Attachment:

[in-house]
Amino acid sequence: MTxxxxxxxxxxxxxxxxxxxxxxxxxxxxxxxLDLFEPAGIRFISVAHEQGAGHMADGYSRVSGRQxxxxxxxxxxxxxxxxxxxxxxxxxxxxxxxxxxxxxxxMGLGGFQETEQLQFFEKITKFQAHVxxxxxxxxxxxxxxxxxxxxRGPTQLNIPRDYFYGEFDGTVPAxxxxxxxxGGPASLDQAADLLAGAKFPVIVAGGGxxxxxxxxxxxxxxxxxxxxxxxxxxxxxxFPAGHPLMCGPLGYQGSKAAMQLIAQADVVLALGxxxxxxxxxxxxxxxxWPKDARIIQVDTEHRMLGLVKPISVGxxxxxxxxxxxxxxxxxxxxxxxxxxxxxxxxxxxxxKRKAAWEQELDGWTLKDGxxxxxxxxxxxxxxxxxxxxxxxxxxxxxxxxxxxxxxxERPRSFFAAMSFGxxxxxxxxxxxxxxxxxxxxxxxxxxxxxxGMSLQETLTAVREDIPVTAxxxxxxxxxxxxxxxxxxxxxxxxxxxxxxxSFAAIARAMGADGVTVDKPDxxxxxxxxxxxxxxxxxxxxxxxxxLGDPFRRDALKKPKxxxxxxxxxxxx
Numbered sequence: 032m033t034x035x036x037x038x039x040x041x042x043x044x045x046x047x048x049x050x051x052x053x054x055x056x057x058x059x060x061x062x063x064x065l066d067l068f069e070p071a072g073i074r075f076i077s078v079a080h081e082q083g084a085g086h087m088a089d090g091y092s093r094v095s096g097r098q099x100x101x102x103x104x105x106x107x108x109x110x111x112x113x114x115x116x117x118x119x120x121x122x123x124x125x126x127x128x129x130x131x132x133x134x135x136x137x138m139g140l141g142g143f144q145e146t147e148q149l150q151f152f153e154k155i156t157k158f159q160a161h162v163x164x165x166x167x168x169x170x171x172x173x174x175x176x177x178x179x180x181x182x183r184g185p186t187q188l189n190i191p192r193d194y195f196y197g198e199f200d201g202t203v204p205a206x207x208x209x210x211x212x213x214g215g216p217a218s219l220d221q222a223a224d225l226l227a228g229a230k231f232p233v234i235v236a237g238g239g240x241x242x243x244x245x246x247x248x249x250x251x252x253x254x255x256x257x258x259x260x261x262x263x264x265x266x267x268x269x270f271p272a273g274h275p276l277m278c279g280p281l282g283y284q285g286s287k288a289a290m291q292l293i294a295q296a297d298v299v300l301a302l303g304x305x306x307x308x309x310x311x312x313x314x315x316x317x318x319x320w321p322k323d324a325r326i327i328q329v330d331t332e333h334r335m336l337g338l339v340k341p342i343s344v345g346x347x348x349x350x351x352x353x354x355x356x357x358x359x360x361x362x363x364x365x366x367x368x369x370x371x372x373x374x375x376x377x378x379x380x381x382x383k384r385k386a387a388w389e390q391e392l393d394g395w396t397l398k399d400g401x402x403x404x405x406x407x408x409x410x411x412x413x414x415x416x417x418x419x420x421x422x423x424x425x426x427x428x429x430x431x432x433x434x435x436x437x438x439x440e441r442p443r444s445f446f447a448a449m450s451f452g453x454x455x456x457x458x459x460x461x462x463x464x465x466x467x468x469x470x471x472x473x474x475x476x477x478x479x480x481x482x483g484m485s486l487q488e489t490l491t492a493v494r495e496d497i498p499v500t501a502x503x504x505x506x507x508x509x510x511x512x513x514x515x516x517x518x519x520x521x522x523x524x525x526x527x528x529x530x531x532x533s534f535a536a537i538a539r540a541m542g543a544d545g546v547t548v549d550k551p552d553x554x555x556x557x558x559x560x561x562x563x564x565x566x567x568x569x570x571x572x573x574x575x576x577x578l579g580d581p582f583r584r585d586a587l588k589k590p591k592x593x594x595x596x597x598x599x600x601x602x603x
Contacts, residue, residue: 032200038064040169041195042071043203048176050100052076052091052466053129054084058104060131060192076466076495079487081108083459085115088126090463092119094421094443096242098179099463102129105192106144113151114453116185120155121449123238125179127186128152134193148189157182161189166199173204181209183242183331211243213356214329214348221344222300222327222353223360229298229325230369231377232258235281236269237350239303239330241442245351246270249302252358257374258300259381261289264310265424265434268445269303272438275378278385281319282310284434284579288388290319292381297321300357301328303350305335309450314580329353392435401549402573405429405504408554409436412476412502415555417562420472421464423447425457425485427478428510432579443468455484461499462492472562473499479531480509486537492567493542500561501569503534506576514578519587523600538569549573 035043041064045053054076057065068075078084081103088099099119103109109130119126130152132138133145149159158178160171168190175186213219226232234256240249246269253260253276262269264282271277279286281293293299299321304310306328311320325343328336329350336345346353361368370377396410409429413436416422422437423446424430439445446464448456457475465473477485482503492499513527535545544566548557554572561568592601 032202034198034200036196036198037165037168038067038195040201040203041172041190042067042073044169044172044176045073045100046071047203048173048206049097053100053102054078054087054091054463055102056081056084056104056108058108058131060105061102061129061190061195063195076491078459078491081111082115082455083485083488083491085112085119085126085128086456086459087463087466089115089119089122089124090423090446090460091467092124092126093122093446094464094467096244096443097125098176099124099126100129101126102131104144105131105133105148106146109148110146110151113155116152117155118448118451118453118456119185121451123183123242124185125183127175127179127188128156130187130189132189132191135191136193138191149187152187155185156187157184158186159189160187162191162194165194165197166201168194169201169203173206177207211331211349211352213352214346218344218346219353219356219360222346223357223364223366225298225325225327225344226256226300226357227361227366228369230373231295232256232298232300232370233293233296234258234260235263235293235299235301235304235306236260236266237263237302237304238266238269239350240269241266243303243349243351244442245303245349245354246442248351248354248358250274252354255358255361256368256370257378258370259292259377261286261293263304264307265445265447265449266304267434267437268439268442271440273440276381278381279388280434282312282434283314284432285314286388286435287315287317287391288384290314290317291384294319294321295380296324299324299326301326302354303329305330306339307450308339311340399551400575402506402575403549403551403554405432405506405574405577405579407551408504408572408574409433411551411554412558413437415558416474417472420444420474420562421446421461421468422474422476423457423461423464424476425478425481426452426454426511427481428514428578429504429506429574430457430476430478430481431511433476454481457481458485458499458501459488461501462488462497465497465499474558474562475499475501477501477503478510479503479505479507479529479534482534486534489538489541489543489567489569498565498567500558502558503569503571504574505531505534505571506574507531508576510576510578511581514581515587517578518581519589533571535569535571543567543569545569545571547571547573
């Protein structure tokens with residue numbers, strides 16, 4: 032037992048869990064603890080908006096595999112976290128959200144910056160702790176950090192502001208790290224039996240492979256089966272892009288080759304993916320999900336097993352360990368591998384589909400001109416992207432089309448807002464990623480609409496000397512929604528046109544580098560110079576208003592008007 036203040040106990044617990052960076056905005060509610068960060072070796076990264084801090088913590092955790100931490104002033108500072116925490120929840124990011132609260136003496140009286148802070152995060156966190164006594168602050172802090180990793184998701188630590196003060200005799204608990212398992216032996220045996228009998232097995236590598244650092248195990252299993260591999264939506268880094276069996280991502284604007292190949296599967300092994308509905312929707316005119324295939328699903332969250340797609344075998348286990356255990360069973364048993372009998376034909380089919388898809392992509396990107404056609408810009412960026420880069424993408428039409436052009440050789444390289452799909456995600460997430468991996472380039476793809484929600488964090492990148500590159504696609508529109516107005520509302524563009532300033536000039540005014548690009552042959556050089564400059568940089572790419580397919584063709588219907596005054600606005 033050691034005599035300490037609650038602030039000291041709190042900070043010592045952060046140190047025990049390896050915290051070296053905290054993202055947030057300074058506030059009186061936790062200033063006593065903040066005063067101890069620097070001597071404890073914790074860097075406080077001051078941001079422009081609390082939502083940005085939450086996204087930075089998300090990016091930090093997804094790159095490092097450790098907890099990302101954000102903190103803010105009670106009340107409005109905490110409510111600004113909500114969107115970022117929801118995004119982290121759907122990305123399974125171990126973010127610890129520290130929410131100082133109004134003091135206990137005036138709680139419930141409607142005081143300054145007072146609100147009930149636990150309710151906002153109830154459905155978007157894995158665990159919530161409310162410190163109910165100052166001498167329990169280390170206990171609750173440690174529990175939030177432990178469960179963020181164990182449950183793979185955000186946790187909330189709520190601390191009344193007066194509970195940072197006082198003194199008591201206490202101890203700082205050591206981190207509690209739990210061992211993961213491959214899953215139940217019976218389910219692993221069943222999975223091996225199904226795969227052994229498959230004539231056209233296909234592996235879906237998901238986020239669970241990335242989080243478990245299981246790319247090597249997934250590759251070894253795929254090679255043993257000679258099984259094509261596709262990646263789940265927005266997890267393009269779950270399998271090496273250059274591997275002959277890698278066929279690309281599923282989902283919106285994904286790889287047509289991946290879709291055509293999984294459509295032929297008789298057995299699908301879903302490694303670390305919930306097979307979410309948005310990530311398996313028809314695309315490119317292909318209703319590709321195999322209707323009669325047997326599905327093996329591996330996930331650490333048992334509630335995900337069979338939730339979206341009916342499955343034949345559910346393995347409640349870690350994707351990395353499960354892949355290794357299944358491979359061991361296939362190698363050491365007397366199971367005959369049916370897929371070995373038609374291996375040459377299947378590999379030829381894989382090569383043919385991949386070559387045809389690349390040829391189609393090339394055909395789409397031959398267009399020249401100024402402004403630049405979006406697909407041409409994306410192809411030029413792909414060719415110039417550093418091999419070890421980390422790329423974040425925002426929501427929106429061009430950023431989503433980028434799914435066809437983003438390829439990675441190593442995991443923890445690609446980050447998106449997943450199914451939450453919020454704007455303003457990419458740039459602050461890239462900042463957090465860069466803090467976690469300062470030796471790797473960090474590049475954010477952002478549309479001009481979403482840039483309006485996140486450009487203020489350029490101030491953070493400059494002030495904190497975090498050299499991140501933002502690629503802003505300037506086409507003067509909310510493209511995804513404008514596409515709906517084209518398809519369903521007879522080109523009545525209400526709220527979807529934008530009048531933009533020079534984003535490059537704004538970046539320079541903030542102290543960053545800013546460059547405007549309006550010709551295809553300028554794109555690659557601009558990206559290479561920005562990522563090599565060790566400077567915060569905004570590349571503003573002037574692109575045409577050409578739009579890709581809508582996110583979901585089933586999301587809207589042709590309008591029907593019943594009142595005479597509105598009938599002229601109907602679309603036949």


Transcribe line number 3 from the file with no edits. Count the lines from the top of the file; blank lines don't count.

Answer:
Numbered sequence: 032m033t034x035x036x037x038x039x040x041x042x043x044x045x046x047x048x049x050x051x052x053x054x055x056x057x058x059x060x061x062x063x064x065l066d067l068f069e070p071a072g073i074r075f076i077s078v079a080h081e082q083g084a085g086h087m088a089d090g091y092s093r094v095s096g097r098q099x100x101x102x103x104x105x106x107x108x109x110x111x112x113x114x115x116x117x118x119x120x121x122x123x124x125x126x127x128x129x130x131x132x133x134x135x136x137x138m139g140l141g142g143f144q145e146t147e148q149l150q151f152f153e154k155i156t157k158f159q160a161h162v163x164x165x166x167x168x169x170x171x172x173x174x175x176x177x178x179x180x181x182x183r184g185p186t187q188l189n190i191p192r193d194y195f196y197g198e199f200d201g202t203v204p205a206x207x208x209x210x211x212x213x214g215g216p217a218s219l220d221q222a223a224d225l226l227a228g229a230k231f232p233v234i235v236a237g238g239g240x241x242x243x244x245x246x247x248x249x250x251x252x253x254x255x256x257x258x259x260x261x262x263x264x265x266x267x268x269x270f271p272a273g274h275p276l277m278c279g280p281l282g283y284q285g286s287k288a289a290m291q292l293i294a295q296a297d298v299v300l301a302l303g304x305x306x307x308x309x310x311x312x313x314x315x316x317x318x319x320w321p322k323d324a325r326i327i328q329v330d331t332e333h334r335m336l337g338l339v340k341p342i343s344v345g346x347x348x349x350x351x352x353x354x355x356x357x358x359x360x361x362x363x364x365x366x367x368x369x370x371x372x373x374x375x376x377x378x379x380x381x382x383k384r385k386a387a388w389e390q391e392l393d394g395w396t397l398k399d400g401x402x403x404x405x406x407x408x409x410x411x412x413x414x415x416x417x418x419x420x421x422x423x424x425x426x427x428x429x430x431x432x433x434x435x436x437x438x439x440e441r442p443r444s445f446f447a448a449m450s451f452g453x454x455x456x457x458x459x460x461x462x463x464x465x466x467x468x469x470x471x472x473x474x475x476x477x478x479x480x481x482x483g484m485s486l487q488e489t490l491t492a493v494r495e496d497i498p499v500t501a502x503x504x505x506x507x508x509x510x511x512x513x514x515x516x517x518x519x520x521x522x523x524x525x526x527x528x529x530x531x532x533s534f535a536a537i538a539r540a541m542g543a544d545g546v547t548v549d550k551p552d553x554x555x556x557x558x559x560x561x562x563x564x565x566x567x568x569x570x571x572x573x574x575x576x577x578l579g580d581p582f583r584r585d586a587l588k589k590p591k592x593x594x595x596x597x598x599x600x601x602x603x